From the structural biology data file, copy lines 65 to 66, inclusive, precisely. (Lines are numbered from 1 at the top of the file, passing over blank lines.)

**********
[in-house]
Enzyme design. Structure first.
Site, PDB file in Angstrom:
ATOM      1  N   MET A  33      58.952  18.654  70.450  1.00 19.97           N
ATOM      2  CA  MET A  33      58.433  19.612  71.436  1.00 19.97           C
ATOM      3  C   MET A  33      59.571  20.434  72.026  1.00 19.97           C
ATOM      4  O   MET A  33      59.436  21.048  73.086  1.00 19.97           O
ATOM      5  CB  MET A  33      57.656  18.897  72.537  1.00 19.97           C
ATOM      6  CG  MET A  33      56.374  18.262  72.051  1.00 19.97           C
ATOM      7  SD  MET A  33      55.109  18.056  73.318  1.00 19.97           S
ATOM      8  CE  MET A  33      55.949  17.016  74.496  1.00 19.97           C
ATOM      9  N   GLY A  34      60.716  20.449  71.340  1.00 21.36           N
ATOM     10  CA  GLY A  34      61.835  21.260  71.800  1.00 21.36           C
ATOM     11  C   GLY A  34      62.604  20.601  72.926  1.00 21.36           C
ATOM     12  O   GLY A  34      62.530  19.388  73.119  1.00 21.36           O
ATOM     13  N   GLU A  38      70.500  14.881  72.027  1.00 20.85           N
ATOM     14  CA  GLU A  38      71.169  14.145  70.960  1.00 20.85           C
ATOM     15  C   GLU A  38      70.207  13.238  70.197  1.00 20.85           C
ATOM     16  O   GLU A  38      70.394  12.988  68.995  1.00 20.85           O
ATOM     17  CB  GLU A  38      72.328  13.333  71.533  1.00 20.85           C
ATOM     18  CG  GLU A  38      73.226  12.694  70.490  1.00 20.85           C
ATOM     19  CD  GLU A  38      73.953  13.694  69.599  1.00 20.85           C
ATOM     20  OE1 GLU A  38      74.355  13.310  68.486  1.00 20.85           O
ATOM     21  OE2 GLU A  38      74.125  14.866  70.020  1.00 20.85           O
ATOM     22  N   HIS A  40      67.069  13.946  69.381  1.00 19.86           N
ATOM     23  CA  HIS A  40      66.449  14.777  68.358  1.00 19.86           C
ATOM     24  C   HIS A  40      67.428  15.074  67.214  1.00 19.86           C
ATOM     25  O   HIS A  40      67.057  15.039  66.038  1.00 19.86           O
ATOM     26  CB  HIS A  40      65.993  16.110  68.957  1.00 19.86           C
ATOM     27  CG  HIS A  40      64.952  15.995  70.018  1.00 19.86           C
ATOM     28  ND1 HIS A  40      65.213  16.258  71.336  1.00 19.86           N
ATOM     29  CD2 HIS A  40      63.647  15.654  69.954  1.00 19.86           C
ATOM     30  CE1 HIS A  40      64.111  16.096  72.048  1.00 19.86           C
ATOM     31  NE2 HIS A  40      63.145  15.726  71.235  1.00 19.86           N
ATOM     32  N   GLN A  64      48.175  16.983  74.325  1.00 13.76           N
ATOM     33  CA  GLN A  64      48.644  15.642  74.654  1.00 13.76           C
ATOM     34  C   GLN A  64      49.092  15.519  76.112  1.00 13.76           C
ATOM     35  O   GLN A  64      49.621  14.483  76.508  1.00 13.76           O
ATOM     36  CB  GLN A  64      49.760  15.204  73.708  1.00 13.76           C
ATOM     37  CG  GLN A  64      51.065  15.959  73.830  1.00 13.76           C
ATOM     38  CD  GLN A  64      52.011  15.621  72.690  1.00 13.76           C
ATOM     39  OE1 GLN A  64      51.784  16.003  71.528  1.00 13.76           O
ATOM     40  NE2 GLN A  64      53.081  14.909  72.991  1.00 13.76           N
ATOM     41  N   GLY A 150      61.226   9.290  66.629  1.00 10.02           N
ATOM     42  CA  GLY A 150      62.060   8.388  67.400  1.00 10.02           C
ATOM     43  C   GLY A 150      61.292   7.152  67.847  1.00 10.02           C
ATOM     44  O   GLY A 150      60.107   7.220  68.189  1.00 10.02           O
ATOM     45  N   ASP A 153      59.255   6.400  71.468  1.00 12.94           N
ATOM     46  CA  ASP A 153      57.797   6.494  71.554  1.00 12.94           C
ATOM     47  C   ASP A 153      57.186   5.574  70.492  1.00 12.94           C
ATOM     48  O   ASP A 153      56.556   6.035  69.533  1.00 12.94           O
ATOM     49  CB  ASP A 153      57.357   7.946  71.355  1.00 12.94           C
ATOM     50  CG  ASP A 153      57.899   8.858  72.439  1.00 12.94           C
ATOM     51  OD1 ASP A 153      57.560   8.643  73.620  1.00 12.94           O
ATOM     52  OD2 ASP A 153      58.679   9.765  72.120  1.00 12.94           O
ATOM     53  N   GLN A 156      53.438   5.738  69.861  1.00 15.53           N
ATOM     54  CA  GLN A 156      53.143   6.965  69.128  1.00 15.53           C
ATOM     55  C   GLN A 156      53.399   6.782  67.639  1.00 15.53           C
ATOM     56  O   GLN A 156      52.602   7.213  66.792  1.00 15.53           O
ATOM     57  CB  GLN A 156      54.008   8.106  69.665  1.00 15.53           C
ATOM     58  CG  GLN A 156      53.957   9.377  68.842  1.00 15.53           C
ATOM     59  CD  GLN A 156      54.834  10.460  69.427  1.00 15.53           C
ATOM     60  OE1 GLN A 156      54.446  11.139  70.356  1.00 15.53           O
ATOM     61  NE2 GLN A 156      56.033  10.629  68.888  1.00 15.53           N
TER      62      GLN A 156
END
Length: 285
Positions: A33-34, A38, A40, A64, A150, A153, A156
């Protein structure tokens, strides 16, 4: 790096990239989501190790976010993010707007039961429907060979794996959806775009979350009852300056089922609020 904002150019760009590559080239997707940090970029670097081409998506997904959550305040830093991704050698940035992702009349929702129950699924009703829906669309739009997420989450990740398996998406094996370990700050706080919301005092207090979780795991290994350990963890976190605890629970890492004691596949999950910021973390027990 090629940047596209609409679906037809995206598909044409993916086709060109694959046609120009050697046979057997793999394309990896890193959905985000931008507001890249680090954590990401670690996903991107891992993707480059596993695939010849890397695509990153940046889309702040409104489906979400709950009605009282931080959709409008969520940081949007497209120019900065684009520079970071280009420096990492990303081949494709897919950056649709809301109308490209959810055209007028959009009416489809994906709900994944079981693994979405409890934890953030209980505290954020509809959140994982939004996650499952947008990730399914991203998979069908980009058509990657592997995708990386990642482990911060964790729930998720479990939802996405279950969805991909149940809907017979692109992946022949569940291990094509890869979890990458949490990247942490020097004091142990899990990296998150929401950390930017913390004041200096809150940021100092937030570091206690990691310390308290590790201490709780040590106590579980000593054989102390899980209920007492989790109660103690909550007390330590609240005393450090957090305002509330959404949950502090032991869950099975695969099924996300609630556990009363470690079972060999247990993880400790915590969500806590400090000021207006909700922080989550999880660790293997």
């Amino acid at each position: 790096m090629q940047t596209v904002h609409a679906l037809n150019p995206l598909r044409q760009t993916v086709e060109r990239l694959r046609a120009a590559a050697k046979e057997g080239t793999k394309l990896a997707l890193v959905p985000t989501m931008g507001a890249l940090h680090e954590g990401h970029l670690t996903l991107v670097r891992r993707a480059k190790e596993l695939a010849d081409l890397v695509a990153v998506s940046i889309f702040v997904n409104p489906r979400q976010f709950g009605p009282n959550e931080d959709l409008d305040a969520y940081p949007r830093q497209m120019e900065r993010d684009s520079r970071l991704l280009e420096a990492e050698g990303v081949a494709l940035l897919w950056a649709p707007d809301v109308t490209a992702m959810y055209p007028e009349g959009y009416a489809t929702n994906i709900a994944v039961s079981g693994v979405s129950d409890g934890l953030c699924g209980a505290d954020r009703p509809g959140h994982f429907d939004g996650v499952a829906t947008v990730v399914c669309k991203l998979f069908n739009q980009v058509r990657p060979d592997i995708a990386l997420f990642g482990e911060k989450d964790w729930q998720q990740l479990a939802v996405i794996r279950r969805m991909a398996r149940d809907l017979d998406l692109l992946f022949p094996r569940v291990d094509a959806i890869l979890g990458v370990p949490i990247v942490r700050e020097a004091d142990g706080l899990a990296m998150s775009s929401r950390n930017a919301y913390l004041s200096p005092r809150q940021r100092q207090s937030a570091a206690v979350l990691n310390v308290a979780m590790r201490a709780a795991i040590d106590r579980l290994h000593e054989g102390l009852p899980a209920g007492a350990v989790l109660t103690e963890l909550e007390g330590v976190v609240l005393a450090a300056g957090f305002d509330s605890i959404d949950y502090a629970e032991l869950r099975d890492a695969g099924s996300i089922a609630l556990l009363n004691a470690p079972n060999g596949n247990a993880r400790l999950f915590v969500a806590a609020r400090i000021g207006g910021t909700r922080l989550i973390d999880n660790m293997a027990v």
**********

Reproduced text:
TER      62      GLN A 156
END